This article describes emerging perspectives on contextualizing, complementizing, and complexifying—three processes involved when individuals ascribe meaning to mathematical objects of their thinking. The article is oriented toward a dialectic between theory and empirical research and is structured in two parts. The first part focuses on an evolving theoretical framing that acknowledges the significance of these three processes in mathematical cognition. In the second part, the evolving theoretical framing is used to analyze one student’s knowing of the limit concept of a sequence. This analysis directs one’s attention to the emergence and function of this student’s knowledge resource, which was generic in usage and complex in structure, allowing the activation of productive ideas and contextual meaning-making as needed. Through this analysis, theoretical and interpretative possibilities were generated that inform research on mathematical cognition and elucidate the emerging theoretical perspectives of contextualizing, complementizing, and complexifying.
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The term “knowledge resource” is used in the sense of Smith et al. (1993), designating “any feature of the learner’s present cognitive state that can serve as significant input to the process of conceptual growth” (p. 124).
Duval (2006) revealed students’ confusion of a representation with the object that is being represented, substantiated with what he called a “cognitive paradox”: “how can they [individuals] distinguish the represented object from the semiotic representation used if they cannot get access to the mathematical object apart from the semiotic representation?” (p. 107).
The subscript F indicates that the terms senseF, referenceF, thoughtF, and ideaF refer to Frege (1892b).
For a discussion of generative and convergent approaches, see Clement (2000).
The case study presented here has been subject of previous reports including Pinto and Tall (2002), Gray et al. (1999), and Tall et al. (2001). In those reports, the focus was on describing, exploring, and elaborating the strategy of giving meaning, often contrasted to extracting meaning. Further, those reports remained on a descriptive level when speaking about the student’s “mental actions with a mental object” (see Pinto & Tall, 2002): “Chris interprets the definition in terms of his old knowledge, explores the concept through thought experiment and reconstructs his understanding of the concept definition” (p. 5). The present article outstrips these reports by providing an explanatory account of the nature and function of the student’s knowledge resource as discussed here—an account that goes well beyond the descriptive approaches of previous reports.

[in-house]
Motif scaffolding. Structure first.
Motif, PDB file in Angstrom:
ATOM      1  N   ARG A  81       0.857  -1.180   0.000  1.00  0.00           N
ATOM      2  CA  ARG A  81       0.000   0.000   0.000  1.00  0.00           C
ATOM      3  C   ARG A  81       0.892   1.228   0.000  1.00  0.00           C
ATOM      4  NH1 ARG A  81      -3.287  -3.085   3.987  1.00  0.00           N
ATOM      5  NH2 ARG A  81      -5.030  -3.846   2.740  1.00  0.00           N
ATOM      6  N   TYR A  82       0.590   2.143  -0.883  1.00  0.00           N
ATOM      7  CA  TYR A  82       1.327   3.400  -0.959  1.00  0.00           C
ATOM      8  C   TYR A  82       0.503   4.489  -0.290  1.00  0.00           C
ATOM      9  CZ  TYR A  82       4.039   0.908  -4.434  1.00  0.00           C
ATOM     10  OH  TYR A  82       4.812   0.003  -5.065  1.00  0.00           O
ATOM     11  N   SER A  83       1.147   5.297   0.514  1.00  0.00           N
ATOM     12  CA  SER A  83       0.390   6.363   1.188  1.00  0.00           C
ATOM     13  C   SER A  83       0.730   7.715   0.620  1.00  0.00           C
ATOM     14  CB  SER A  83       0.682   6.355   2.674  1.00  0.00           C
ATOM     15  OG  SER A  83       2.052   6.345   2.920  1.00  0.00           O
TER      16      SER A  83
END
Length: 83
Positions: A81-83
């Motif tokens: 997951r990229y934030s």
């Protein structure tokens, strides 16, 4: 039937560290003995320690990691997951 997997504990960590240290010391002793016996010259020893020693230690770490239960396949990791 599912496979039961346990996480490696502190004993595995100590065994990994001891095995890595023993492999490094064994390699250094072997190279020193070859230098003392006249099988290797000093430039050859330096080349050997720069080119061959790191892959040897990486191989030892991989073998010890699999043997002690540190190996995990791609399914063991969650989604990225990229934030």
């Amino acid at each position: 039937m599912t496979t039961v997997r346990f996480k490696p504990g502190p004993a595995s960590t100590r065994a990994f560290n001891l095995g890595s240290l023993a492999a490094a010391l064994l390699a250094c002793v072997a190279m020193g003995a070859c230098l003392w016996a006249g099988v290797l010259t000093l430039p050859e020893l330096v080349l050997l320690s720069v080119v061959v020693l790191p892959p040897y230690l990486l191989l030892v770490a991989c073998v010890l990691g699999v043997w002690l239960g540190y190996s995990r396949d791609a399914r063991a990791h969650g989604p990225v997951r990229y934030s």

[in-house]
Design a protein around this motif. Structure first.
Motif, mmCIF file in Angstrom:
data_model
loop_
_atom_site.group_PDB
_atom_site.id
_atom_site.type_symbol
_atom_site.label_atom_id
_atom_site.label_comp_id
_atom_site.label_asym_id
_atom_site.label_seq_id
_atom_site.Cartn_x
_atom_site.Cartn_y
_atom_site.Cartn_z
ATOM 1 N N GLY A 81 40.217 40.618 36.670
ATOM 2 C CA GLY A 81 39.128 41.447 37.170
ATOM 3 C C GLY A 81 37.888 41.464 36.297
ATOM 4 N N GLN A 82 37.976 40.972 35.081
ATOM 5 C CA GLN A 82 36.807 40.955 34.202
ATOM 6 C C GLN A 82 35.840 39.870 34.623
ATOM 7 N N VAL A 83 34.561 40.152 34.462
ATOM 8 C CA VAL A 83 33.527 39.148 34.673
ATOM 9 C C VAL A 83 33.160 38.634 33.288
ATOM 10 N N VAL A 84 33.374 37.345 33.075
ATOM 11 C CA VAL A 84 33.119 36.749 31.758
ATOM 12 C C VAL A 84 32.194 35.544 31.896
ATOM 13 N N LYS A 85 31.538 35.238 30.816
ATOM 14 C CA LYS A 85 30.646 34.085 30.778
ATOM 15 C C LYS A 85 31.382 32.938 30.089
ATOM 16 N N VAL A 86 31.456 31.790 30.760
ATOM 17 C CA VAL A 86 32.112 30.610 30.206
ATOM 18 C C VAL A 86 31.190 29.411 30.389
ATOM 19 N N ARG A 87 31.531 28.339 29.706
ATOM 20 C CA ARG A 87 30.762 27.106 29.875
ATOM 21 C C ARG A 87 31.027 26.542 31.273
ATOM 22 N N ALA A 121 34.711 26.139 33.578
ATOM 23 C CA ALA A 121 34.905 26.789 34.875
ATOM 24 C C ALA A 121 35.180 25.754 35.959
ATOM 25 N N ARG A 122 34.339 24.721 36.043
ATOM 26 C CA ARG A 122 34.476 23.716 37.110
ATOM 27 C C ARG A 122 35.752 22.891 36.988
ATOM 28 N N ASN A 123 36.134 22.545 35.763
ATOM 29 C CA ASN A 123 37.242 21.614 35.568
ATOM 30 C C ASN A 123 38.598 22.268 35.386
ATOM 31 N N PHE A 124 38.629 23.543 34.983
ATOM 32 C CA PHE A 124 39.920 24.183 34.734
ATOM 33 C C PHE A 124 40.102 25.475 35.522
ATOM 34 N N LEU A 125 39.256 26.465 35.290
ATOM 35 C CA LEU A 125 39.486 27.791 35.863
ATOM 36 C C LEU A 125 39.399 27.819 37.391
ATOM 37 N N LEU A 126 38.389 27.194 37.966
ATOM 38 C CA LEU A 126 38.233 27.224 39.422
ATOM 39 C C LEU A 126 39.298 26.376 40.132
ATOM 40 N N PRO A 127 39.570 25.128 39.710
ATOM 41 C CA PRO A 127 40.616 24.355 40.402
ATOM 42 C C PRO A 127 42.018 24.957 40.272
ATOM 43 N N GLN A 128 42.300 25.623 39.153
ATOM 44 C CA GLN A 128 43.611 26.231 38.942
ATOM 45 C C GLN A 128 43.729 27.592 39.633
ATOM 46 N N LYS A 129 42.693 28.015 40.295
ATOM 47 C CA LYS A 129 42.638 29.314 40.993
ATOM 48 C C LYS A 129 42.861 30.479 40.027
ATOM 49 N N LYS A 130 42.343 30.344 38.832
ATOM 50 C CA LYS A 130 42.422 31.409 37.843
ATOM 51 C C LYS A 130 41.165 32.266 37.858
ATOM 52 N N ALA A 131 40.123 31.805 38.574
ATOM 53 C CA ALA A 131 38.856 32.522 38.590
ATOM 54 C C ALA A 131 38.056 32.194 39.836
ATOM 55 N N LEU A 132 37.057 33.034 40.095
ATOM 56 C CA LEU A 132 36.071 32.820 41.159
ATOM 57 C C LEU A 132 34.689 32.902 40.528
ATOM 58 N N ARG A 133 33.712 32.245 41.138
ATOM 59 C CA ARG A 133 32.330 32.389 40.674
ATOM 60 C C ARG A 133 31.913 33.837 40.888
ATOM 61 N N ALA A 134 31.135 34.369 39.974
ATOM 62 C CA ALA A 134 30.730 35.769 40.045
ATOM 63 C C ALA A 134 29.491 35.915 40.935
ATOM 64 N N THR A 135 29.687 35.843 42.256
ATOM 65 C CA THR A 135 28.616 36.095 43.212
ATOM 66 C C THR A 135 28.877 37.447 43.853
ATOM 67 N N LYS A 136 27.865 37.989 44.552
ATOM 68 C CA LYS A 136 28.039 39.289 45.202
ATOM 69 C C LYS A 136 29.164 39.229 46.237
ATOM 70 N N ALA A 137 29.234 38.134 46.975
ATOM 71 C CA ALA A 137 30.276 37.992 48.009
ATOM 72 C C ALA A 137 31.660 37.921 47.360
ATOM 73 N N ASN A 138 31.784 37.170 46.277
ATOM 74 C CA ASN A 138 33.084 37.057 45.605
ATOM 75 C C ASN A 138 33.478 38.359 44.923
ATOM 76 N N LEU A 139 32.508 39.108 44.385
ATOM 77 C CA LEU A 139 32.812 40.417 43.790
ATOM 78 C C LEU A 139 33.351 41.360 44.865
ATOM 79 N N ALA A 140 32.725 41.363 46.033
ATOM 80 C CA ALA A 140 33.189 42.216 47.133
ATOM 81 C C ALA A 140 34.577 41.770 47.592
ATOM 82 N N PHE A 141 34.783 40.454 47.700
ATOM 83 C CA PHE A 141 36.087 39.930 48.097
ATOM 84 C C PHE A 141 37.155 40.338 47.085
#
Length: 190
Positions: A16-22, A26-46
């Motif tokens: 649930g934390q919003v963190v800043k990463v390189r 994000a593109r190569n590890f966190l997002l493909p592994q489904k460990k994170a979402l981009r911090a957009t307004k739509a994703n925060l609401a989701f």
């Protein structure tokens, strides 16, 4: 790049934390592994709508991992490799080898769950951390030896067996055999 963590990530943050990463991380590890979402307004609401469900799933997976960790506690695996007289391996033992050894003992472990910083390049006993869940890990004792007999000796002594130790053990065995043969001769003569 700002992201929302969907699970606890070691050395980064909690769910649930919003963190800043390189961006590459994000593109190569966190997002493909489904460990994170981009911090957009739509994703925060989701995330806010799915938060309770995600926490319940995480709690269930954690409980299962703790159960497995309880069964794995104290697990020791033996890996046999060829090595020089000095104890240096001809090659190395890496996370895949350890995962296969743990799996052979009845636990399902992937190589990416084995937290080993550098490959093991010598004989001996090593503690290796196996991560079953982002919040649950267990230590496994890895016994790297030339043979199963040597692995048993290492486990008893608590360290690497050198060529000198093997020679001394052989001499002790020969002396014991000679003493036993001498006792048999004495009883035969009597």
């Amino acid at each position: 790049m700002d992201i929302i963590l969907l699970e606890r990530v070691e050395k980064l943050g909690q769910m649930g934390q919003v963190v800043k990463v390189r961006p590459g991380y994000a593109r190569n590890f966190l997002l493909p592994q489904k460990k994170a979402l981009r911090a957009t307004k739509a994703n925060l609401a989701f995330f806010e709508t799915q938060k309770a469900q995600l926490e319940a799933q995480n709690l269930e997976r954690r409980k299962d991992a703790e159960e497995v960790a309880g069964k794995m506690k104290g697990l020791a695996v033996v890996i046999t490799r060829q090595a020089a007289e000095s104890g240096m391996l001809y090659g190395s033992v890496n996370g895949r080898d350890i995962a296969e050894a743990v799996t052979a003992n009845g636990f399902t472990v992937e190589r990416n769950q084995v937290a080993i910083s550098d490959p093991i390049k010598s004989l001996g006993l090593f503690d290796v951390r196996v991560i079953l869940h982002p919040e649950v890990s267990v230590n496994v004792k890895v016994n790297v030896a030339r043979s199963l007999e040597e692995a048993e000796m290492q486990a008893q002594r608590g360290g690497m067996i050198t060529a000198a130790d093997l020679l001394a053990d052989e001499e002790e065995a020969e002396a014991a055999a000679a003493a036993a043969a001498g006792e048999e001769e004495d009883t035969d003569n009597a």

For a recent discussion on the ‘generic use’, see Yopp and Ely (2016).
This is similar to Mason’s (1989) proposal that the essence of abstraction is coming to look at something differently, but differs as it is not so much a shift of attention but an expansion of attention.
We use the notion of “conceptual unity” to stress the idea of coordinating diversity rather than looking for similarity. It shares Barnard and Tall’s (1997) view of a “cognitive unit” as “a piece of cognitive structure that can be held in the focus of attention all at one time” (p. 41), but extends their formulation as it suggests the emergence of a transcendent unity when two or more diverse ideasF are coordinated.
For a detailed account of conceptual blending, see Fauconnier and Turner (2002).
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We are grateful to Annie Selden for her thoughtful comments and helpful suggestions given throughout the development of this paper. The first author wants to thank for support of this work both the Foundation of German Business through the Klaus Murmann Fellowship and Macquarie University through the Research Excellence Scholarship.
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Scheiner, T., Pinto, M.M. Emerging perspectives in mathematical cognition: contextualizing, complementizing, and complexifying. Educ Stud Math 101, 357–372 (2019). https://doi.org/10.1007/s10649-019-9879-y
- Mathematical cognition
- Theory advancement
- Giving meaning
- Limit concept